Touch sensitive front controls.
The Rest. . .
There are those who hate little rubber doors over their device's ports, and those who prefer them. The Portege G810 is for those of us who hate fiddling with little covers: the USB and microSD card slot, both integrated into the trim ring, are naked. If you carry the phone in a pocket full of super-sized dust bunnies, beware. If you lack the fingernails to manipulate those rubber covers and have a clean place to carry you phone, rejoice.
The SIM card slot is located under the back battery door and the speakerphone grill is on the back just below the camera lens. Volume up down keys are flush-mounted into the left side trim along with the very small and slightly inset power button. The device powers on only when you press the power button, and given the design, it seems nearly impossible that it would get turned on accidentally (it takes a bit of care to turn it on intentionally). The right side has the camera button (launches the camera application and acts as the autofocus/shutter button), voice recorder button and mini-USB port. As with HTC devices, this is a multi-function port that handles syncing, charging and acts as the stereo headset jack. The camera and voice recorder buttons require just a soft press and as a result it's easy to accidentally press them if you're left handed and hold the device with the left hand.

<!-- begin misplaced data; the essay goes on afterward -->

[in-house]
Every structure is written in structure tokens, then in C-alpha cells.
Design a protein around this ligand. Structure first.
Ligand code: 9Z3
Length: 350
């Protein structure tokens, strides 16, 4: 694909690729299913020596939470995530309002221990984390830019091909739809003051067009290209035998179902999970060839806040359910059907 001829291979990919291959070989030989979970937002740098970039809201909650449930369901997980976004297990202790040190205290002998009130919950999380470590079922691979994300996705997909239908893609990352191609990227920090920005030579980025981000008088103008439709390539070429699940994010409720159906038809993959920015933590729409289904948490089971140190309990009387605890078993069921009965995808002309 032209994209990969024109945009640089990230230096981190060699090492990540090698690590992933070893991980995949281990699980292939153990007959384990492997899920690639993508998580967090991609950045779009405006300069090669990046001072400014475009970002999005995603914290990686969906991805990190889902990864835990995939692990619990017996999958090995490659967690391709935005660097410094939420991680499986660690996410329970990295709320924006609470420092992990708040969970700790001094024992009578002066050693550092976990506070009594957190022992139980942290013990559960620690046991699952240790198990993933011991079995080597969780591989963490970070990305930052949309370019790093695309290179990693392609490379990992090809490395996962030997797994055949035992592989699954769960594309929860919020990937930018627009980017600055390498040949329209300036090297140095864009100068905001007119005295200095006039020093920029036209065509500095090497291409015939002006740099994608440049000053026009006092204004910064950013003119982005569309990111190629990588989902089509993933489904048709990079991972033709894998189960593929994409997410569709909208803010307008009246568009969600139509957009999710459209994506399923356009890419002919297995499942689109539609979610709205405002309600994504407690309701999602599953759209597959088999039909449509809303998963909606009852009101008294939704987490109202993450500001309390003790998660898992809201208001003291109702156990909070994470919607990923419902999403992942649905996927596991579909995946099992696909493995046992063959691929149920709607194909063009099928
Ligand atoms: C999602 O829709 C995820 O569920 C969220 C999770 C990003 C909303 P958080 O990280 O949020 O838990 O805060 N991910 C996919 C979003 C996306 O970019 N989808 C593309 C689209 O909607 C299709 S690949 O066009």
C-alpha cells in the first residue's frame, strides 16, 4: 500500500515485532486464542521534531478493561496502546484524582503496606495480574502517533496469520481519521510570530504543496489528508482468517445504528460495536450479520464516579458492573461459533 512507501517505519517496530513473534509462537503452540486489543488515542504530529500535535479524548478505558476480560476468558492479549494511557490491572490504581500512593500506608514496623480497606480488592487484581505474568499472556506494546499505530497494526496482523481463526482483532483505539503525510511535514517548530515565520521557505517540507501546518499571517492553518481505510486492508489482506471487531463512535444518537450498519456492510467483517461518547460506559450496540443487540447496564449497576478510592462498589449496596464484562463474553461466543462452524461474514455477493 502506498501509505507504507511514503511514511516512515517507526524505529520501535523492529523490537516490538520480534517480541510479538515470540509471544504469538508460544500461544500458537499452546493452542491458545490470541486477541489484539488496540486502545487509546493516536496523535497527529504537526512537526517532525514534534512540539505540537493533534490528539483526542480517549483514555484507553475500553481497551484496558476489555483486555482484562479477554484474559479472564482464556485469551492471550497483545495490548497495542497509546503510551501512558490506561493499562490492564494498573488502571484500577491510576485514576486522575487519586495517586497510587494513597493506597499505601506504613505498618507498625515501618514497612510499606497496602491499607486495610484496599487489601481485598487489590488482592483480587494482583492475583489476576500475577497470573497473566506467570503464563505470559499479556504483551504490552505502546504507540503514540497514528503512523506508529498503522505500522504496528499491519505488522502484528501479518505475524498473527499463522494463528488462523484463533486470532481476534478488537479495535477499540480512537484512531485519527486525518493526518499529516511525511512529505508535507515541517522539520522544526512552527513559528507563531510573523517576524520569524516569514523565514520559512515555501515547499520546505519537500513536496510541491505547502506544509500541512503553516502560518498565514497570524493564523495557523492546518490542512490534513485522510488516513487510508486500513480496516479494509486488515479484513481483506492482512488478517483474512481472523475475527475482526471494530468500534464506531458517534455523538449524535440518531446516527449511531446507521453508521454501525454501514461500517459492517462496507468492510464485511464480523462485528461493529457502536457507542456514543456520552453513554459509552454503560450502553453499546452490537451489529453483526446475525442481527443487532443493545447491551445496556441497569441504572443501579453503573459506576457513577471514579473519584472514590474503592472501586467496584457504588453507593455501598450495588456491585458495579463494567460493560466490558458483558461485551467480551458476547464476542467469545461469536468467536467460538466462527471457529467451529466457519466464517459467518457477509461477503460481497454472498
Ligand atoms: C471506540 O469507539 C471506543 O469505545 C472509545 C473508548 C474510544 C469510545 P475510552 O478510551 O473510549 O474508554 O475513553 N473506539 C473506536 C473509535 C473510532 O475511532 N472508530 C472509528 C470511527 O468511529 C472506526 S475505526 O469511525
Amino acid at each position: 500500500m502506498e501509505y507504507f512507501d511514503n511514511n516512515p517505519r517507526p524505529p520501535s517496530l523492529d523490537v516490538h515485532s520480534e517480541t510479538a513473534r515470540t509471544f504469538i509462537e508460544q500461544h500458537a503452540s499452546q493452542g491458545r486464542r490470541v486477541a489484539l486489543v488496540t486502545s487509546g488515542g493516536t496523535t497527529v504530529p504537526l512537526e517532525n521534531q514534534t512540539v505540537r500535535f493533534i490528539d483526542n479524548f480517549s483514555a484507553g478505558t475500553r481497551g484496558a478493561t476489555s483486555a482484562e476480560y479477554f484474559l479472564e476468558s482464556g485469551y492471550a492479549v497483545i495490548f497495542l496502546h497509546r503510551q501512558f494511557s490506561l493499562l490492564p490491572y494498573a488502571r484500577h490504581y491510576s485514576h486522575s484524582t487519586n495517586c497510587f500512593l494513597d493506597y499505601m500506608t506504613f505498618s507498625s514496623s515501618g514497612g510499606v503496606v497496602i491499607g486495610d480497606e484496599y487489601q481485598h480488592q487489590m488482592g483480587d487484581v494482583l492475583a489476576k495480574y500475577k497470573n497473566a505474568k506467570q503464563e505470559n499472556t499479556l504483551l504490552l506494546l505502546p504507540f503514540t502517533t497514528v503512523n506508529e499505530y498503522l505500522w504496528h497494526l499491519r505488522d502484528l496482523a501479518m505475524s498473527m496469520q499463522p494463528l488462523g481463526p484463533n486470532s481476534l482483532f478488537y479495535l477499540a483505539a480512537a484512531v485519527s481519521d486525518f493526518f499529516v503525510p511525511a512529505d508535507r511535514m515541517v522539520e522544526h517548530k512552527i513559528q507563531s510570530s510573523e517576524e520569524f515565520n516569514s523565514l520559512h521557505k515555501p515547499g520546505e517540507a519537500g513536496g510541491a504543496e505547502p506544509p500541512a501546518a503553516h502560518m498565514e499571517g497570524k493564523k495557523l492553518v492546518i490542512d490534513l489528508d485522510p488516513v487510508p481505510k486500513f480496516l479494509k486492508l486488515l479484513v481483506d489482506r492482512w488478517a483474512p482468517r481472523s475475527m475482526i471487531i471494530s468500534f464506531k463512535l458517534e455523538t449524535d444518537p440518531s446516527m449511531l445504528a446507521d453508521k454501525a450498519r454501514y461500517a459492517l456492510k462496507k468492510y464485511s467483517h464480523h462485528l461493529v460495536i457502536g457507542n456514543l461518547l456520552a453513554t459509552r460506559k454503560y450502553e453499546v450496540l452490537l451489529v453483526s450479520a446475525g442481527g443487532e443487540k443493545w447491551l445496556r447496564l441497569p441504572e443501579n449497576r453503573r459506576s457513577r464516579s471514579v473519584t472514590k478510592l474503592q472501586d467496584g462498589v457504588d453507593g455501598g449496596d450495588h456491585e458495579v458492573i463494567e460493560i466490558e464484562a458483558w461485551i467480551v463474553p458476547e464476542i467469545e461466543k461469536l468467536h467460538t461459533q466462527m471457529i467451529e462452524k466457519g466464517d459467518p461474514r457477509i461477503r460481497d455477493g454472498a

There are flashing LEDs above the display that flash to indicate charging (red), green (slowly) for a new message, green (quickly) for a missed call and blue for Bluetooth. These are very bright; if you keep the phone on the nightstand while charging or with Bluetooth on, turn it face down to avoid a ceiling lightshow.
The Touch UI, Courtesy of Spb Software House
That interface comes courtesy of Spb Software, who developed the G810's UI. This is actually a bundling of Spb's Mobile Shell, Pocket Plus and full screen keyboard applications. The apps have been tweaked to run extremely fast and with great stability on the G810, and we can easily say it's got the fastest touch screen UI among TouchFLO (on the HTC Touch), TouchFLO 3D on the Diamond, Xperia and Omnia. For those who haven't used these applications, they're very similar to the original HTC TouchFLO software, but go deeper to replace more of the standard Windows Mobile UI (but not as deep as TouchFLO 3D). Yes, you could buy another Windows Mobile Professional phone and purchase these titles separately from Spb, but the added element is the flush touch screen that's very responsive to touch, and the Spb titles really do shine on the Toshiba compared to the HTC Tilt or Glofiish X800. Sadly, most users (we don't mean you, power users) don't buy and install 3rd party software, so the out of the box experience becomes very important, which stands in favor of adding these titles at the factory. Rather than attempt a touch UI, Toshiba went with Spb, who's been doing it, and doing it very well at that, for several years.